Although the year is still young, thus far into January markets have seen a broad continuation of the trends we observed in Q4 of 2019, and indeed for many of the last few years. US Equity outpaced other global markets by quite some margin, with the S&P 500 returning +2.21% in Sterling terms; although this was aided by a mild weakening in the British Pound against the US Dollar. The Price/Earnings ratio for the S&P 500 now stands at 26x on a trailing 12-month basis, as calculated by the Wall Street Journal, that is very expensive indeed on this measure.
Global growth equities have continued to outperform value equities (+5.8% vs +2.6% for the month to date), as they have done in the aggregate since the financial crisis. Again, valuations are stretched to extremes – although we generally view stretched valuations as opportunities to add value rather than risks to be avoided. As a result, we maintain our overweight to Global Emerging Market Equity into the New Year as it offers considerably better value than other equity markets.
On the Fixed Income side, we saw the rally in junk (or high yield) bonds extend from December into January as Global High Yield Debt rallied +0.9% in GBP Hedged terms last week. We are deeply sceptical that there is any opportunity to be had in high yield at current prices and maintain our underweight in favour of Investment Grade Credit. Emerging Market Local Currency Debt, which was one of our most successful positions last year, has pulled back marginally this month (-0.30%) but we remain bullish on the asset class in general and our Fund manager in particular.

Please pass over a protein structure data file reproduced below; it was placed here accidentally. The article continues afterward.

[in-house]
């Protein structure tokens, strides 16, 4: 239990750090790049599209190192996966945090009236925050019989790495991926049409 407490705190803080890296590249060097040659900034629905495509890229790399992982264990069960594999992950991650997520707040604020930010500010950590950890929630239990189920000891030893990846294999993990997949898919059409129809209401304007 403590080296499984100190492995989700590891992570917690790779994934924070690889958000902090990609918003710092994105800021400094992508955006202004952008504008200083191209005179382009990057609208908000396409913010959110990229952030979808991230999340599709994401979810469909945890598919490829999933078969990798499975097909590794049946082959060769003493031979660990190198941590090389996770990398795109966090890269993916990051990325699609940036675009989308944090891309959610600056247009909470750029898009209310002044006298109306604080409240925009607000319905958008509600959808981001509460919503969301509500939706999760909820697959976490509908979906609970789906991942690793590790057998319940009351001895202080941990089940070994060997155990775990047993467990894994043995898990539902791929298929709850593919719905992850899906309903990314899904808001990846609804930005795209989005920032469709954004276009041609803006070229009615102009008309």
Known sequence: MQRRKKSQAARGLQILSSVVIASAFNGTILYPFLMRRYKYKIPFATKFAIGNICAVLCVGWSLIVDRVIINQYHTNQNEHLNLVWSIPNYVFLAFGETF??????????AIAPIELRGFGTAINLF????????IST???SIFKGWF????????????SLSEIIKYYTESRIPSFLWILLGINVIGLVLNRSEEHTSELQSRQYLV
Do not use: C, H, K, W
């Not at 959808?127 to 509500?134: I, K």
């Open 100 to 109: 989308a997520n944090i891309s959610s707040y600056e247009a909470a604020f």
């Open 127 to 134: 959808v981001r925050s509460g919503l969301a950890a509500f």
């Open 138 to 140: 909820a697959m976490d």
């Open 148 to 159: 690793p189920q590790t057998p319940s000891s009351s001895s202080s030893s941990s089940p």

On the macro side, we track the Composite Leading Indicators produced for each major economy by the OECD on a monthly basis. The latest data was released this morning and showed a moderate stabilisation in economic data across a range of developed and emerging economies. One among these was the UK, which is interesting in the context of a potential rate cut by the Bank of England. This would be highly premature in our opinion. Employment data is still robust, and while retail sales have been poor in aggregate, most of this is due to business models on the high street being disrupted rather than an underlying economic malaise.
We continue to remain focused on only taking risks for which we are adequately compensated, monitoring market developments for when trends might begin to turn and looking for tactical opportunities to add value to the portfolios.